Great White SharkWith its mouth wide open, this great white shark smiles for the camera.
The CageA great white shark comes very close to the cage.
Great White SharkA great white shark comes in close.
Great White SharkGreat white sharks can grow up to 20ft long and weigh up to 5000 pounds. This one was about 13ft and swam right up to the cage.
Great White Shark Cage Diving - South Africa
All eyes were on the dark blue water looking for the ocean’s most feared animal – the great white shark. The captain yelled, “To the right!” and our eyes followed the long, cylindrical shadow as it moved upward in the water and then seemed to transform into the sleek, muscular body of a 14ft great white shark.
With our masks on, we got into the small metal cage one by one. The chill of the 62-degree water heightened our senses, as if the adrenaline hadn’t done enough already. And then we waited.
Inside the Cage
Visibility was only about ten feet, making the mood slightly more sinister as we peered through the bars. The cage floated on the surface and was connected to the side of the boat. Inside the cage we could hear the people on the boat when they saw the sharks, but none had come close enough to the cage for us to see them yet.
Inside the cage, we were all silent, and suddenly we heard the captain yell, “Down to your right,” and there was the huge shadow coming towards us. As it got closer we could see its full body, grey on top and white on its underside and a huge black eye looking right at us as it passed right in front of the cage. It was close enough to stick a hand out and touch it (although we didn’t).
The shark was longer than the cage (which fit six people). After it passed out of view, all six of us in the cage must have collectively exhaled the breath we were holding, and a few screams and cheers erupted.
“Oh my God” and “Did you see that?” What impressed me most was the sheer scale of these sharks. Females are often 15-16ft long and can weight 3000+ pounds. Their midsections are just massive and the even the height of the fin and tail just seemed huge.
Our boat was chumming for the sharks using a deliciously smelly concoction of crushed tuna or sardines, a few fish heads, and a fake seal decoy to try and bring the sharks close to the cage. One shark followed the fish heads right up to the cage with its mouth wide open showing us rows and rows of perfectly pointed, sharp, white teeth. In total we had three different sharks passing by us several times before our 30 minutes in the cage were up.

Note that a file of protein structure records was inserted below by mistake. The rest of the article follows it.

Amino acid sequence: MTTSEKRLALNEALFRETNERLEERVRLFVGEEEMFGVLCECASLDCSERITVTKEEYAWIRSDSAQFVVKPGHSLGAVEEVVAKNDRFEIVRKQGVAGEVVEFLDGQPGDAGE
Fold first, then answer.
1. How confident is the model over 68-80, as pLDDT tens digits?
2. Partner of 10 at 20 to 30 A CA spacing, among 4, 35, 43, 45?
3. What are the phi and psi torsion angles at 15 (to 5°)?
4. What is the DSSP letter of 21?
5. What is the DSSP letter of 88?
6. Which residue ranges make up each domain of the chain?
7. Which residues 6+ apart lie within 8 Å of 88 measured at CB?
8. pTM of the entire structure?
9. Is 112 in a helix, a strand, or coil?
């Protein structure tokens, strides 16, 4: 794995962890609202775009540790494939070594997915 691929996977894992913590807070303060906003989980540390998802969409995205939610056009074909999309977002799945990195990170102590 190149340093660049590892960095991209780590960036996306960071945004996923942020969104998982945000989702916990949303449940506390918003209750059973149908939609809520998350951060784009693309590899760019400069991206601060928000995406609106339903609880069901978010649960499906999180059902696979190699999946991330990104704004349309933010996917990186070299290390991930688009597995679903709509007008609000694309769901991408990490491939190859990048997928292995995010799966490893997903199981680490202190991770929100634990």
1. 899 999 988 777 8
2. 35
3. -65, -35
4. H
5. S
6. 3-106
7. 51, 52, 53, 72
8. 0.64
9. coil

Out of the cage and back on the boat, the action was almost as good as in the water. Watching from the surface allowed us to see the sharks from a greater distance as they approached the boat and it really put into perspective just how big they were. It was awesome to see this amazing shark so close in real life.
The Great White Shark
Great white sharks (Carcharodon carcharias) can grow up to 20ft long and weight up to 5000 pounds, although most range from 12-15ft with the females being larger. Found in most coastal and offshore waters, they eat seals, sea lions, other sharks, turtles, seabirds, and fish. Great whites are considered a vulnerable species and are threatened by shark finning and environmental change.
Great whites have the reputation of causing the most shark attacks on humans (although the likelihood of being struck by lightning is more likely than being attacked by a shark). However, most bites from great white sharks are accidental or “test-bites.” Surfers or swimmers easily resemble seals from below (a great white shark favorite) and most attacks are just one bite and then the shark leaves, because humans are not part of their diet.
In South Africa, cage diving is offered in several towns along the south west coast of the country including Gansbaai, Simon’s Town, and Mossel Bay. The most popular area is Gansbaai where multiple boats go out several times a day and the sharks are present year round because of the seal population at Dyer Island. Cage diving with great whites also occurs in Southern Australia and off the Baja peninsula of Mexico.
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